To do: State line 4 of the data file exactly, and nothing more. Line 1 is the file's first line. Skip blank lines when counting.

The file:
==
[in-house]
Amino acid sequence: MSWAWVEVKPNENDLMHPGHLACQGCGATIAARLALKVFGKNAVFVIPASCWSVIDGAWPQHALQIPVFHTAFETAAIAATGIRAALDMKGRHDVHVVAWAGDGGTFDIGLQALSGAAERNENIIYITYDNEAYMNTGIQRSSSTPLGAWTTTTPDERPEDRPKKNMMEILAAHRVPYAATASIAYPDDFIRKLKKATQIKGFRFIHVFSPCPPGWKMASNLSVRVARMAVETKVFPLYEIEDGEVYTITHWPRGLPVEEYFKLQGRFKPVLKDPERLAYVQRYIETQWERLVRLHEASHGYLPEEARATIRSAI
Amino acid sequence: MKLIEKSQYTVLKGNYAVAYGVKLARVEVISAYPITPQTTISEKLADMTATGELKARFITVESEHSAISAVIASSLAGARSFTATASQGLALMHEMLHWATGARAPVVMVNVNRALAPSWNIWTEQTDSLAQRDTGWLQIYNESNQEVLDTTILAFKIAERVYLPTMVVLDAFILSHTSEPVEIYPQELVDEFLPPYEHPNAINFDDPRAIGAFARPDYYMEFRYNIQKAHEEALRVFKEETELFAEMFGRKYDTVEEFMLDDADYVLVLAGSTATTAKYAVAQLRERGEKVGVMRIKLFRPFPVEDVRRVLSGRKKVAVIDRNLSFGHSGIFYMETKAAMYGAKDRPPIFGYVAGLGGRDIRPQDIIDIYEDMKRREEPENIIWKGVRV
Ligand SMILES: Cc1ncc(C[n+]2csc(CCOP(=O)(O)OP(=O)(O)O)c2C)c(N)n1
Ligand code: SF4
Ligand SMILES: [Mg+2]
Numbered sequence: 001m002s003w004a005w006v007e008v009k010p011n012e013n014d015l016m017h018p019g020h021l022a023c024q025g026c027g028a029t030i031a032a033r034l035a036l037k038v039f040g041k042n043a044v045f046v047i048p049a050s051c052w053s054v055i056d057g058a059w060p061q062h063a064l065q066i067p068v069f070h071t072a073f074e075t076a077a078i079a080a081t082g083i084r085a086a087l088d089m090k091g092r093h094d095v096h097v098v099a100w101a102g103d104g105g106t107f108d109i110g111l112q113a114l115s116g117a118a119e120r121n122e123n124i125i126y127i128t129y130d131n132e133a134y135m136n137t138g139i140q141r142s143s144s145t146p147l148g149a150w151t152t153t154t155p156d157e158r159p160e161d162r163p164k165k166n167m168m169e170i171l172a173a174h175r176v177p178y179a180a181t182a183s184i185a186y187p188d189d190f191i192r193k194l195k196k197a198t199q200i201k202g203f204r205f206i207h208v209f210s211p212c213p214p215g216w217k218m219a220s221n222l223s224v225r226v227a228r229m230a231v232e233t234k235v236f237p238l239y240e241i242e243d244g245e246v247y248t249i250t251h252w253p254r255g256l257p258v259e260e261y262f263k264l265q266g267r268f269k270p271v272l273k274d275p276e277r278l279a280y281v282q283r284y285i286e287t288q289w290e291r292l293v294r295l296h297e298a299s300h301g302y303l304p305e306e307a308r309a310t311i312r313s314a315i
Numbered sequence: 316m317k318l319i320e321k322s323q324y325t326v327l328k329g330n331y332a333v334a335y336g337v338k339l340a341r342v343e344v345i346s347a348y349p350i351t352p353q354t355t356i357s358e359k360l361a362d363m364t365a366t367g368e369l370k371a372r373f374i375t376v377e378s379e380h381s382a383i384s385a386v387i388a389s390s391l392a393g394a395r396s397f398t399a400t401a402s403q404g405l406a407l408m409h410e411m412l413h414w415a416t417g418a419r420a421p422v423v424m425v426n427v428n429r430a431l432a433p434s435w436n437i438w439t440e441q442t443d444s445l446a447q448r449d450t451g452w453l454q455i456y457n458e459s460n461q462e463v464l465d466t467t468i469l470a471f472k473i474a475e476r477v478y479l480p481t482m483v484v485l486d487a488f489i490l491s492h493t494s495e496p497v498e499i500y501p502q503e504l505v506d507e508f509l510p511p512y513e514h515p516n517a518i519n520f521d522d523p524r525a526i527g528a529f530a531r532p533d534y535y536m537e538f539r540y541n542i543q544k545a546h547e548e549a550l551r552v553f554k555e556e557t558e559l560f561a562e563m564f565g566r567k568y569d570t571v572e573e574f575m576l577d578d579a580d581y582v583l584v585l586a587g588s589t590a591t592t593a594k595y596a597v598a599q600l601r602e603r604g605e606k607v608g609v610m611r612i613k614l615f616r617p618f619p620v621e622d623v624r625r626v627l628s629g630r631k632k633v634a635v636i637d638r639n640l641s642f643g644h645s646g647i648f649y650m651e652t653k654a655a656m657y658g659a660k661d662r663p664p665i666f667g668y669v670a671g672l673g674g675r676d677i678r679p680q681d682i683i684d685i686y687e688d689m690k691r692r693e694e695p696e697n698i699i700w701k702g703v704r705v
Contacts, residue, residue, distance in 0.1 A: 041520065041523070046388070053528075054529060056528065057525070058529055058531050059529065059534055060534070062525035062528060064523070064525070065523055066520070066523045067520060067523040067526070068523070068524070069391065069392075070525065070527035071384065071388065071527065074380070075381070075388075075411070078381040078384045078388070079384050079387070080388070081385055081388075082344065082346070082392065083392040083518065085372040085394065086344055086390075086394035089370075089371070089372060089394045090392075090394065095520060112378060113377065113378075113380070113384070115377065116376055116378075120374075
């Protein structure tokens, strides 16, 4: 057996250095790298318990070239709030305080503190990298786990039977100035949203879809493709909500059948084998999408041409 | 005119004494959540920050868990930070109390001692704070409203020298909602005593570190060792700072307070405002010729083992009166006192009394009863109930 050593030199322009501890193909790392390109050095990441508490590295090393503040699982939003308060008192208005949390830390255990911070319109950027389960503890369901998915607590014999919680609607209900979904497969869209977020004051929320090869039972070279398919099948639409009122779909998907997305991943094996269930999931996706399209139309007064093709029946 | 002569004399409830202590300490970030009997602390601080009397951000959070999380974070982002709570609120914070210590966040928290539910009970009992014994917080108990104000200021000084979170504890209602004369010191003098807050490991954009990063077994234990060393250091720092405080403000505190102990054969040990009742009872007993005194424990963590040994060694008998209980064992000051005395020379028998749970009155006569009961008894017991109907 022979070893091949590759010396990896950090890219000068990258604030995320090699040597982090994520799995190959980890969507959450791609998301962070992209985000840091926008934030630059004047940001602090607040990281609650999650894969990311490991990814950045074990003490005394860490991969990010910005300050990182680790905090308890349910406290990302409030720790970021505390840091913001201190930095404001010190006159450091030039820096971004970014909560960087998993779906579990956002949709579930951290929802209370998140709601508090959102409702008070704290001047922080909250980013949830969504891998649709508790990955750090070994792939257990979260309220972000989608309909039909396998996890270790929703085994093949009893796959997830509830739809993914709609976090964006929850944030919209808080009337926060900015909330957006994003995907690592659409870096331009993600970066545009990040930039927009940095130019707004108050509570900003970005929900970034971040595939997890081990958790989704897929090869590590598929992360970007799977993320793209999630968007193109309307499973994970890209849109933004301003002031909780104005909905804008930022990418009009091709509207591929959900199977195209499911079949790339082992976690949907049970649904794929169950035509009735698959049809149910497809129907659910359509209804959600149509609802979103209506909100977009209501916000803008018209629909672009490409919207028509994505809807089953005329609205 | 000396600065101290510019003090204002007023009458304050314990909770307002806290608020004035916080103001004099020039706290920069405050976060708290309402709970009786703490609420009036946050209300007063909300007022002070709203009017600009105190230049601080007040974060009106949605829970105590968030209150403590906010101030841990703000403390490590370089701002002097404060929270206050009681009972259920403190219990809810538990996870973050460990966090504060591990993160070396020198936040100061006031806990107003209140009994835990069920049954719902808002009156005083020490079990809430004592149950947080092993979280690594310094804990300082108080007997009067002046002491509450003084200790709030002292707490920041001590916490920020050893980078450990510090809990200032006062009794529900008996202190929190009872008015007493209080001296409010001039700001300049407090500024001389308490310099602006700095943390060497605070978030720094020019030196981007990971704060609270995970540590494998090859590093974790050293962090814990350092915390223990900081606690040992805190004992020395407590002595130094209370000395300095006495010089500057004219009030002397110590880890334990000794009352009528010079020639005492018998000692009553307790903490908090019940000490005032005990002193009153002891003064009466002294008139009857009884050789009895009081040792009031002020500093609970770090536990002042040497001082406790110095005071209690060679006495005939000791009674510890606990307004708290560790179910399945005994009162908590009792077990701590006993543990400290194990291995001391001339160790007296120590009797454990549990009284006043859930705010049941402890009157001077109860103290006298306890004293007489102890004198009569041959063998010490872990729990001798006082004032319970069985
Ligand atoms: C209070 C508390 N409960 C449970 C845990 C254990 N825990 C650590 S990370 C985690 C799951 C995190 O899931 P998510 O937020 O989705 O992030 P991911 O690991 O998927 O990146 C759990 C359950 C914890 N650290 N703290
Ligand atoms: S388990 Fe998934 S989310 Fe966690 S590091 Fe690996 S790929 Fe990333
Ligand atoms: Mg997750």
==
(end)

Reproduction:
Ligand SMILES: Cc1ncc(C[n+]2csc(CCOP(=O)(O)OP(=O)(O)O)c2C)c(N)n1